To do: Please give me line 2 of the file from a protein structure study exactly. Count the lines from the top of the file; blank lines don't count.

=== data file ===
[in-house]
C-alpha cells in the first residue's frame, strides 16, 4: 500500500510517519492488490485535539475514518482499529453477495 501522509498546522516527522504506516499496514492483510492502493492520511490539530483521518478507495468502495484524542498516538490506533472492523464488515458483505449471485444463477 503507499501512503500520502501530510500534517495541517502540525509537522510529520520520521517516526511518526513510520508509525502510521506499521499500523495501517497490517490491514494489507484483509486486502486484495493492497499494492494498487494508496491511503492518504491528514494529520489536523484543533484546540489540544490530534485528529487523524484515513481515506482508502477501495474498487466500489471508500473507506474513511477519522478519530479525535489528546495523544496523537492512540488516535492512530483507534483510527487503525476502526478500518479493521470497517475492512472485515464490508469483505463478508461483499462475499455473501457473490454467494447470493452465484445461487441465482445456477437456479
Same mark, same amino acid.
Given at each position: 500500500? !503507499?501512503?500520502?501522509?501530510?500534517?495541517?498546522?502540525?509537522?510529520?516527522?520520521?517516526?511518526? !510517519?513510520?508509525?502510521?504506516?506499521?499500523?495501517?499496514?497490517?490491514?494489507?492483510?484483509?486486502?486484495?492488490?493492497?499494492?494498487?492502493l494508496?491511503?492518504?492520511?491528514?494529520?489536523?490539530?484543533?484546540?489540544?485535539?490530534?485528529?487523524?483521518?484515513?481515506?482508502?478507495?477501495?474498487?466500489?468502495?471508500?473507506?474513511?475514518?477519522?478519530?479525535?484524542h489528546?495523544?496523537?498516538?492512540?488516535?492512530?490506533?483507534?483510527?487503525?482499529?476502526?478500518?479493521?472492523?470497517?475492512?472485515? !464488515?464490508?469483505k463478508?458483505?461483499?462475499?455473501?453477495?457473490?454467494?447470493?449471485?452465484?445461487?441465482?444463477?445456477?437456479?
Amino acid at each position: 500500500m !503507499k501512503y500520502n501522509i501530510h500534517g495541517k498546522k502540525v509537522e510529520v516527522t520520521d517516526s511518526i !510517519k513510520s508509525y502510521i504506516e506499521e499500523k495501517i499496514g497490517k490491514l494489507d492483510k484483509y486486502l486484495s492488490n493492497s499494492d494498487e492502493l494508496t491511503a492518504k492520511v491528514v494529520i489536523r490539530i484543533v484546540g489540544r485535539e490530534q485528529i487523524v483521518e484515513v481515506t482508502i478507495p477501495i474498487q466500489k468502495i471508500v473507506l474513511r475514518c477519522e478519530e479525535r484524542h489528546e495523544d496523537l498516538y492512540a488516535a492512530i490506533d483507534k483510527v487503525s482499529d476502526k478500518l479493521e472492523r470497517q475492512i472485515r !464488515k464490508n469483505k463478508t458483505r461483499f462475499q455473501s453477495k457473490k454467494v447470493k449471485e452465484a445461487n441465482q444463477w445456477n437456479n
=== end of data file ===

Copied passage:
C-alpha cells in the first residue's frame, strides 16, 4: 500500500510517519492488490485535539475514518482499529453477495 501522509498546522516527522504506516499496514492483510492502493492520511490539530483521518478507495468502495484524542498516538490506533472492523464488515458483505449471485444463477 503507499501512503500520502501530510500534517495541517502540525509537522510529520520520521517516526511518526513510520508509525502510521506499521499500523495501517497490517490491514494489507484483509486486502486484495493492497499494492494498487494508496491511503492518504491528514494529520489536523484543533484546540489540544490530534485528529487523524484515513481515506482508502477501495474498487466500489471508500473507506474513511477519522478519530479525535489528546495523544496523537492512540488516535492512530483507534483510527487503525476502526478500518479493521470497517475492512472485515464490508469483505463478508461483499462475499455473501457473490454467494447470493452465484445461487441465482445456477437456479